In general, the tax advantages that were attached to, for example, the CV-BV structure, have already been eliminated by the ATAD2 measures for hybrid mismatches introduced as of 1 January 2020. These rules will remain in force. However, the proposed tax liability measure will precede the already existing rules for hybrid mismatches. This means that one must first assess whether the entity qualifies as a reverse hybrid. If that is the case, the tax liability measure will apply and the entity will as such be subject to corporate income tax. Only thereafter, or if the entity does not meet the conditions of a reverse hybrid, the existing rules for hybrid mismatches are applicable (i.e. the deduction limitations or tax base measures of sections 12aa to 12ag of the Dutch Corporate Income Tax Act 1969).

Participation exemption

Because a reverse hybrid entity is considered a 'company' under the proposal, a participant subject to corporate income tax in a reverse hybrid will be entitled to the participation exemption for its interest in the reverse hybrid. Of course, the reverse hybrid itself will also have access to the participation exemption, if it itself holds a participation, and to all other features of the corporate income tax regime, since it will be fully subject to corporate income tax.

Participants in differently qualifying countries; deduction  

It is conceivable that a partnership established or entered into under Dutch law - which in principle is tax transparent - has multiple participants, for example participant A with an entitlement of 60% and participant B with an entitlement of 40%. Participant A is resident in a country that qualifies the partnership as non-transparent, while participant B is resident in a country that qualifies the partnership as transparent. In such a case, the tax liability measure applies, so the partnership becomes fully liable to corporate income tax. However, for the 40% entitlement to the profit that is directly taxed at the level of participant B, the reverse hybrid partnership receives a deduction in order to avoid double taxation.

Other taxes

Dividend withholding tax and withholding tax on interest and royalties

Reverse hybrids will become subject to dividend withholding tax and withholding tax on interest and royalties, in addition to corporate income tax. This means that in future dividend withholding tax will be levied on distributions by the reverse hybrid, to both Dutch and foreign participants. Dutch participants are usually entitled to a tax credit (or refund) of the dividend withholding tax at their expense.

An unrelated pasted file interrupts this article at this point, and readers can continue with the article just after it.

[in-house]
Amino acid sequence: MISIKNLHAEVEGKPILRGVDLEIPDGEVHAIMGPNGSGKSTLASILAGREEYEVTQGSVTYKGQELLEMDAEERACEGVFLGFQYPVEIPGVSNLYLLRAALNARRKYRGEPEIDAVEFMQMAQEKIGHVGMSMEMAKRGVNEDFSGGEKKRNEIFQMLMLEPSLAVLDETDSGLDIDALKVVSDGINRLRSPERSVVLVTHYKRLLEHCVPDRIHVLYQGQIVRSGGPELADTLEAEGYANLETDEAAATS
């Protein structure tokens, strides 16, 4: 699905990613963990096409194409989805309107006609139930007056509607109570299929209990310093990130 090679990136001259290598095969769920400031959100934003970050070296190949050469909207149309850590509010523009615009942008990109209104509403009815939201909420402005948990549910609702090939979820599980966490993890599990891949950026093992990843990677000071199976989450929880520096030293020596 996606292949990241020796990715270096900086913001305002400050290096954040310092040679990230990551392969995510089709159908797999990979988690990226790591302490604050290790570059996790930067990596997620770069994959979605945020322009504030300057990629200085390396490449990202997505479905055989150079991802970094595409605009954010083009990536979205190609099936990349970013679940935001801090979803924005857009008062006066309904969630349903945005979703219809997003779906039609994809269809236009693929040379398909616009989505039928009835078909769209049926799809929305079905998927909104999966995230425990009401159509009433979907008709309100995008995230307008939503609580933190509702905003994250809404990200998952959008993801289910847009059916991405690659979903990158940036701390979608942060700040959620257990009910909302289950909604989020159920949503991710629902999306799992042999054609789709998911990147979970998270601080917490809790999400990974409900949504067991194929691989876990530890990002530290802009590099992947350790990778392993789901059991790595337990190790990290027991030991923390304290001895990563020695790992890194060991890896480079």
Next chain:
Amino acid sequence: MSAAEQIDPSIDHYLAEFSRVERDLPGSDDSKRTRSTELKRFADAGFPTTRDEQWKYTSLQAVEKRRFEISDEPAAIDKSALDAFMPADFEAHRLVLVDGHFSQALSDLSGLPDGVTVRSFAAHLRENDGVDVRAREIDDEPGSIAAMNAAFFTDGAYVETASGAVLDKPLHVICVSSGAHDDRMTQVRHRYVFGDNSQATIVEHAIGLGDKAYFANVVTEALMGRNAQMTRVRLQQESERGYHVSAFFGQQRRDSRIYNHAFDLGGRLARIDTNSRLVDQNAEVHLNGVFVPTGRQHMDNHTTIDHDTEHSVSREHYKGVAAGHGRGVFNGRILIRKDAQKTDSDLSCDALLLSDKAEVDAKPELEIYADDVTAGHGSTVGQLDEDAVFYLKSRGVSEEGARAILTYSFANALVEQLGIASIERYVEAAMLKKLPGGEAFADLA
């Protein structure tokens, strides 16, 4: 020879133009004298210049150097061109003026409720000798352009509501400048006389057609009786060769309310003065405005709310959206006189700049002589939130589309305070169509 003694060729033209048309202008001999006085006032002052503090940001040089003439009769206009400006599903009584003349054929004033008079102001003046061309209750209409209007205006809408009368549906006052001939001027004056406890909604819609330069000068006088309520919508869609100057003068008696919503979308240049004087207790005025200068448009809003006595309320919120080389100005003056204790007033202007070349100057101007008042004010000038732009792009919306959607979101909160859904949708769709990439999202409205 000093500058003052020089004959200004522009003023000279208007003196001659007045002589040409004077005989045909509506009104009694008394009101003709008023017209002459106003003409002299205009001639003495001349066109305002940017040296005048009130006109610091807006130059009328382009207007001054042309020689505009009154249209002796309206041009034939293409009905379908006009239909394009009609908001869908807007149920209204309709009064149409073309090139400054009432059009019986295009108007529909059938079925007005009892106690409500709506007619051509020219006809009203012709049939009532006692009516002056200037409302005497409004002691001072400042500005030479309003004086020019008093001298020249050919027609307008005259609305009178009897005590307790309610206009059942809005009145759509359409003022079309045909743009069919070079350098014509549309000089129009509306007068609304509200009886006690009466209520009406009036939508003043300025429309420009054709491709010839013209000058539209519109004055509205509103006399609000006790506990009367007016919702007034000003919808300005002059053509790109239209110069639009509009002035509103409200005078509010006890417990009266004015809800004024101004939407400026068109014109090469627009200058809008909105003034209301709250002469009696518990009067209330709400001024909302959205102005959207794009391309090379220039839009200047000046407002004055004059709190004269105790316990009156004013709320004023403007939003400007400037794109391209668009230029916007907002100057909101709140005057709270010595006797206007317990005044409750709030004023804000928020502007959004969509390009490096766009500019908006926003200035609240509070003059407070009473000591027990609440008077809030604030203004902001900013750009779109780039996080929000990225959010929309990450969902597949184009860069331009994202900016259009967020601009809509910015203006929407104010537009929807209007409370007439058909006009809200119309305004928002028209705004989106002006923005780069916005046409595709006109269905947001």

In addition, a reverse hybrid will henceforth also be considered as a recipient for the purposes of dividend withholding tax. This means, among other things, that it can get access to the withholding exemption of dividend withholding tax. However, a look-through provision has been included, on the basis of which the withholding exemption does not apply to the extent that the participating parties behind the reverse hybrid would not have been entitled to the withholding exemption if they would have held the interest in the underlying distributing company directly.

Foreign tax liability for substantial holdings (Personal Income Tax and Corporate Income Tax)

The tax liability measure also affects the substantial interest regime in the personal income tax for non-resident taxpayers. An individual residing abroad in a country where the reverse hybrid is considered non-transparent for tax purposes, becomes subject to personal income tax in the Netherlands if he holds a substantial interest (interest of at least 5%) as a non-resident taxpayer.

A non-resident company can have a so-called 'technical substantial interest' in a reverse hybrid. In that case, the non-resident company will become subject to corporate income tax in the Netherlands as a non-resident taxpayer for its interest in the reverse hybrid.

Double Tax Treaty eligibility

A possibly positive additional consequence is that, according to the draft explanatory memorandum to the consultation document, reverse hybrid entities will become entitled to the application of the double tax treaties concluded by the Netherlands. After all, because of the reverse hybrids' full tax liability they will be considered residents of the Netherlands for tax treaty purposes, which means that the tax treaties will apply. This was also already announced in the policy document on fiscal treaties 2020 (Notitie Fiscaal Verdragsbeleid 2020). 

Exception for investment funds

In accordance with ATAD2 the proposal provides an exception for collective and alternative investment funds. These funds are exempt from the rules, provided they invest in securities and have a diversified portfolio.

Contact us

Maarten van Brummen

Maarten van Brummen

Senior Manager, PwC Netherlands

Tel: +31 (0)61 061 65 09

Michel van Dun

Michel van Dun

Senior Manager, PwC Netherlands

Tel: +31 (0)61 042 11 99